How does an applicant tracking system work?

An applicant tracking system (ATS) creates a database of candidate resumes and job applications that users can manage digitally. Users can set up workflows with task reminders for hiring team members, manage applications, communicate with candidates, post job advertisements to job boards, manage interviews and collaborate with their hiring team.

An applicant tracking system (ATS) is a software platform that enables human resources departments to manage the recruitment process. The ATS is both inward- and outward-facing; when an applicant sees a job posting on a third-party job board and clicks the link to apply, they will enter an ATS if the company uses one. An ATS can be used for corporate careers pages as well; users send and track emails and offer letters to candidates in an ATS.

What tools and features can an applicant tracking system offer?

  • Custom workflows with task reminders
  • Job requisition templates
  • Job description templates
  • Structured interview script templates
  • Single signon job board posting
  • Prescreening questionnaires
  • Branded recruitment marketing
  • Job board analytics
  • Email templates
  • In-application texting
  • Application/resume parsing
  • Hiring stage change triggers
  • Boolean resume/application searching (AND/OR syntax)

Third-party software integrations expand the capabilities of an applicant tracking system. Common integrations include job boards and job sourcing platforms, background screening services, video interviewing platforms, calendaring and scheduling tools, analytics platforms, and file storage programs. Of course, some ATSs have one or more of these tools built into the software.

Why do companies use ATS?

In recent years, many companies and staffing agencies have adopted Applicant Tracking Systems (ATSs) to find more candidates. The labor market has tightened since the Great Recession of 2008. A combination of low unemployment and skills gaps has contributed to the talent shortage. An ATS expands a company’s recruitment marketing by automating much of the recruiting process.

Improvements an ATS Can Make to the Hiring Process

Cloud-based ATS systems offer mobile-friendly hiring experiences that are important because a majority of job seekers use mobile devices in their employment search. ATS also helps recruiters regularly communicate with candidates using emails and texts. Mobile accessibility and frequent communication strengthens the company’s employer brand by providing an applicant-centric hiring process.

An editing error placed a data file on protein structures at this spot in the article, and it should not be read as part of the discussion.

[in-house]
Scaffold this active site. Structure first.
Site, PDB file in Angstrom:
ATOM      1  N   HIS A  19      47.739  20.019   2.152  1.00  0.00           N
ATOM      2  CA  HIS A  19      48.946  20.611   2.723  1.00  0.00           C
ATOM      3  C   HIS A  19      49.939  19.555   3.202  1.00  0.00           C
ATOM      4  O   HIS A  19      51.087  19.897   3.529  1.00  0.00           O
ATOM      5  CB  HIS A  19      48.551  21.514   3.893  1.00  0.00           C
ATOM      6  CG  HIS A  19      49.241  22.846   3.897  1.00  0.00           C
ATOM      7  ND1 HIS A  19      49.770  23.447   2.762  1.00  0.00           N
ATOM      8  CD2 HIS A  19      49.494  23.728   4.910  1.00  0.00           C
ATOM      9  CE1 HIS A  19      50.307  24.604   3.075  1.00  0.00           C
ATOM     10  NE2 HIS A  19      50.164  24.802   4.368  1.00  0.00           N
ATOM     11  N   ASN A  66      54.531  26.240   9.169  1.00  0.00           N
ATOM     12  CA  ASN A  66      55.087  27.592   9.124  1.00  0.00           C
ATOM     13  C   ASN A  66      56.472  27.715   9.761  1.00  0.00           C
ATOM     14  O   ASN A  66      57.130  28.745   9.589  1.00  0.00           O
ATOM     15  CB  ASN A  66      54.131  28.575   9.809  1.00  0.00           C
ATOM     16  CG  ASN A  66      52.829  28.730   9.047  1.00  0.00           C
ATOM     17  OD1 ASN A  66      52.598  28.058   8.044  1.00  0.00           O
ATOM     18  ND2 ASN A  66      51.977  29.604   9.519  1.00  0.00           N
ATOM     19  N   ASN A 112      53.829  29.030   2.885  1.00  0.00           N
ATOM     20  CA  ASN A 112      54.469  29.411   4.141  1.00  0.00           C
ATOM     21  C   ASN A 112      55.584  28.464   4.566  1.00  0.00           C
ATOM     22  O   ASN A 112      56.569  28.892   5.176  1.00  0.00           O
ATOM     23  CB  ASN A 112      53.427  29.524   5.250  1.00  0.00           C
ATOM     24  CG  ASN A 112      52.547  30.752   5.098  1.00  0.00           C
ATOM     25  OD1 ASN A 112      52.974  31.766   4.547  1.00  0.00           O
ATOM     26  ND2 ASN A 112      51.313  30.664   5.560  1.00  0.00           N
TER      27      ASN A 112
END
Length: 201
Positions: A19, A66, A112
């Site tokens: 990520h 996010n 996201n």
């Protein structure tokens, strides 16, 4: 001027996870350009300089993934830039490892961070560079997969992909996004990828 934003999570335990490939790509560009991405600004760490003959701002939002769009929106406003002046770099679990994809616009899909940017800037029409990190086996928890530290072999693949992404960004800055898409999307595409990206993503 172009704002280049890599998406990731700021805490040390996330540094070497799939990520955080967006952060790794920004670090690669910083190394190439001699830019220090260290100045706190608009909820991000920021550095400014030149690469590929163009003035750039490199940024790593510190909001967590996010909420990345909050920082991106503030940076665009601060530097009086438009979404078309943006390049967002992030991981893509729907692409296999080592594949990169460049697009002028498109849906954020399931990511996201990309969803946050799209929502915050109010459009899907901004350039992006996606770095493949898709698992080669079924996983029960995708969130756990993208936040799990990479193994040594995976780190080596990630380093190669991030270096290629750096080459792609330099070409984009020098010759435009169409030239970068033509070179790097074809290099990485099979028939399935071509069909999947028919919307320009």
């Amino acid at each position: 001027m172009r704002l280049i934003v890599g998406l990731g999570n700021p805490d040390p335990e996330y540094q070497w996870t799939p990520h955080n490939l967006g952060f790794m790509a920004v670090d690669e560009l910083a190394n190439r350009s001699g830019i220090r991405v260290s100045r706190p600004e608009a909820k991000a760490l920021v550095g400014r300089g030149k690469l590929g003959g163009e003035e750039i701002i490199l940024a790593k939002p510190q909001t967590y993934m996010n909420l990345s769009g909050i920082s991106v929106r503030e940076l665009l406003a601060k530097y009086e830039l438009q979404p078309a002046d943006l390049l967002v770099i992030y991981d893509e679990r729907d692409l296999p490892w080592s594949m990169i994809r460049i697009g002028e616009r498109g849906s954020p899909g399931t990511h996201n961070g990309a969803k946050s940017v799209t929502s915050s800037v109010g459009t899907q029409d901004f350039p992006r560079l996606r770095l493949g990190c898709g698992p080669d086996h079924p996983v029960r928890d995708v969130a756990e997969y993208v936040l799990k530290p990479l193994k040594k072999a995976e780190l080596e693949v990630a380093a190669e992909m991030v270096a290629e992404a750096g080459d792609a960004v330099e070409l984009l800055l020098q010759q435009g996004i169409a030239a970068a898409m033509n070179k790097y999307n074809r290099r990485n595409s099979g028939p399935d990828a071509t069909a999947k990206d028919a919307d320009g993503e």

ATS enables companies to store hundreds of applications for multiple positions in one centralized database, helping them manage high-volume hiring.

As competition for talent has intensified, many companies have taken steps to shorten the hiring process. Automated screening and filtering have helped recruiters quickly isolate a pool of qualified candidates before hiring team members need to spend any time reading resumes. With an ATS, recruiters can then use these tools to move the promising candidates through the subsequent stages as quickly as possible.

An applicant tracking system can help companies comply with Equal Employment Opportunity Commission regulations and others that govern hiring practices.

ATS analytics track time-to-hire and cost-per-hire data, as well as performance metrics of job boards, social media sites, and employee referral programs to identify the most effective hiring channels.

Who uses applicant tracking systems?

ATS work tech users include:

  • Independent recruiters
  • Staffing agencies
  • Executive search firms
  • Large enterprises
  • Small and medium-sized businesses (SMB)
  • Enterprise organizations

It is estimated that 98% of Fortune 500 companies use an applicant tracking system. Although adoption rates among small – medium-sized businesses are lower than those of large businesses, the rate of adoption is increasing steadily.

See also

Additional resources